Where Does a Teacher’s Authority Come From?

Tom Pennington  •  April 16, 2018
From the series: A Day in the Life of Jesus
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Our world is filled with people who want to speak with authority. Whenever something newsworthy happens, the media searches for authorities or experts who can comment on that particular event or issue.

Jesus was notably different than those who seek authority in our world but don’t have it. He both spoke and acted with real, compelling authority.

In Mark 1:21, Jesus entered Capernaum’s synagogue and began to teach. Jesus taught the Scripture expositionally in the regular Sabbath synagogue service. He stood to read the Scripture, then He sat down to teach.

The Scribes were in the audience. They were the experts, the teachers and judges of interpreting and applying the Torah.

How did the scribes respond to Jesus’ teaching? Mark 1:22a says, “They were amazed at His teaching.” Literally, the text says, “they were struck out of themselves.”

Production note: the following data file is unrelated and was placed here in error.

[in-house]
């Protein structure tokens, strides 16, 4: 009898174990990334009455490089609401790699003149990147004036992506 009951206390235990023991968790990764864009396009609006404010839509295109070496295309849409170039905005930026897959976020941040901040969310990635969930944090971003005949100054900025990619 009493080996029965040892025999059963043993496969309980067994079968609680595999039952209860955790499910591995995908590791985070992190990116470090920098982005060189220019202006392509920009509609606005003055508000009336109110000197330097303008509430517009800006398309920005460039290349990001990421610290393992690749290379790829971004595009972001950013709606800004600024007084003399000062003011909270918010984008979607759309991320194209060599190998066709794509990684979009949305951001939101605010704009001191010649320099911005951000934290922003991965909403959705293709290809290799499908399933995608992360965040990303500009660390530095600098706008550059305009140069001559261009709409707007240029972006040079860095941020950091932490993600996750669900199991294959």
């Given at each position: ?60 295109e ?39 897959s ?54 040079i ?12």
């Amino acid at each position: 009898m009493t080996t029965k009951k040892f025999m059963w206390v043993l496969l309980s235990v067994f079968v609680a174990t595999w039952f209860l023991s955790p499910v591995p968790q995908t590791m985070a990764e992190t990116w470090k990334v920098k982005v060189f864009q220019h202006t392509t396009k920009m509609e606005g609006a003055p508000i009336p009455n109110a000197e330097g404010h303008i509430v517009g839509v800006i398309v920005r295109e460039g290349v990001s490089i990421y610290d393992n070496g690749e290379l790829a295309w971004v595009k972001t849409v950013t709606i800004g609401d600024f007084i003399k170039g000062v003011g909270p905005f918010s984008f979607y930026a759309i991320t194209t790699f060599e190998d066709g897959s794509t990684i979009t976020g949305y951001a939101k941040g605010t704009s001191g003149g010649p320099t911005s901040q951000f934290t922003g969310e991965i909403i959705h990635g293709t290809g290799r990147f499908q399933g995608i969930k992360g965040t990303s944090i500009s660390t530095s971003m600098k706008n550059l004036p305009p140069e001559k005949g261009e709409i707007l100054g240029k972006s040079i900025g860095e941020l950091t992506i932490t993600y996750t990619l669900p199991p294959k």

Mark 1:22b reveals the primary reason:

“For He was teaching them as one having authority, and not as the scribes.”

Why was Jesus’ teaching so different from the Scribes? William Hendricksen suggests these reasons:

  1. Jesus spoke the truth – their sermons were often marked by corrupt and evasive reasoning.
  2. Jesus spoke about issues of great importance – they wasted their time on trivialities.
  3. Jesus had a plan and organization in his teaching – as the Talmud shows, they rambled.
  4. He illustrated the truth – their sermons were as dry as dust.
  5. He loved those He taught – they did not.

Jesus’ disciples would later teach with the same authority. Where does a pastor or teacher’s authority come from? 1 Pet. 4:11 explains, “If anyone speaks, let him speak as one who speaks the utterances of God.”

How can you apply these truths?

  1. Listen to and obey the Word of God. When Jesus spoke, He was speaking the Word of God, and is always authoritative.
  2. The church must insist that the Word be taught – that is its only source of authority.
  3. Teachers must never use their own imagination – because the Word of God is authoritative.

That’s God’s plan that we see fleshed out in the life and ministry of the Lord Jesus. May God give us the same commitment.